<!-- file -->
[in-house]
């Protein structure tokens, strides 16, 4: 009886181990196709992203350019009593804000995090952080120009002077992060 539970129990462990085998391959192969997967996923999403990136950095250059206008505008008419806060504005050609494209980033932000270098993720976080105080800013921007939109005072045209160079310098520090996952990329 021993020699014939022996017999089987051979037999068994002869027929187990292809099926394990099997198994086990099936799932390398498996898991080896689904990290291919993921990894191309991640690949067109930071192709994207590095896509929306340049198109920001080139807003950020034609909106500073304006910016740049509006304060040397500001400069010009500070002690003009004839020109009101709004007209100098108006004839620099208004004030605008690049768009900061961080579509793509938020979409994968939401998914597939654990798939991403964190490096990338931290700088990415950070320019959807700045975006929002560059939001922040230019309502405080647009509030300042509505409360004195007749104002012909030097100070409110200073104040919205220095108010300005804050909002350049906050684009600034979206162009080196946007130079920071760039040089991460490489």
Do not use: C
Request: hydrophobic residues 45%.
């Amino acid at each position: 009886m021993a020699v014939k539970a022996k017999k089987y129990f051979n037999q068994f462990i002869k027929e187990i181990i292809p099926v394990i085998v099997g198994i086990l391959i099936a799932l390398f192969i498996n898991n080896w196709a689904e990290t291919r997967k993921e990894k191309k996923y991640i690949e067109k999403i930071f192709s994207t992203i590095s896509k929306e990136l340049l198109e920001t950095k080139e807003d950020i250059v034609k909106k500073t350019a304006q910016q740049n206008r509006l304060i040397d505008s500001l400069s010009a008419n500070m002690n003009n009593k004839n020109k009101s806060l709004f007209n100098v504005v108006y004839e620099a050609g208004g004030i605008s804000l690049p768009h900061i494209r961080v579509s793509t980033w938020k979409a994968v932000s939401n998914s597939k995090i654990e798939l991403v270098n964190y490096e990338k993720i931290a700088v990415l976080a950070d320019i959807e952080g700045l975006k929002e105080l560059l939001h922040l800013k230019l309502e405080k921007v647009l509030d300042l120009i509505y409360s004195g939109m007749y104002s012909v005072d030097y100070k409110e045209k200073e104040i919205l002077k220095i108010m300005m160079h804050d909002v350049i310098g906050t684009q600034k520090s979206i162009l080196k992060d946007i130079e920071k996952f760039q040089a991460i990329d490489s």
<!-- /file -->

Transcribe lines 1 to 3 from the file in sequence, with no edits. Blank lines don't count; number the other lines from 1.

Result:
[in-house]
């Protein structure tokens, strides 16, 4: 009886181990196709992203350019009593804000995090952080120009002077992060 539970129990462990085998391959192969997967996923999403990136950095250059206008505008008419806060504005050609494209980033932000270098993720976080105080800013921007939109005072045209160079310098520090996952990329 021993020699014939022996017999089987051979037999068994002869027929187990292809099926394990099997198994086990099936799932390398498996898991080896689904990290291919993921990894191309991640690949067109930071192709994207590095896509929306340049198109920001080139807003950020034609909106500073304006910016740049509006304060040397500001400069010009500070002690003009004839020109009101709004007209100098108006004839620099208004004030605008690049768009900061961080579509793509938020979409994968939401998914597939654990798939991403964190490096990338931290700088990415950070320019959807700045975006929002560059939001922040230019309502405080647009509030300042509505409360004195007749104002012909030097100070409110200073104040919205220095108010300005804050909002350049906050684009600034979206162009080196946007130079920071760039040089991460490489």
Do not use: C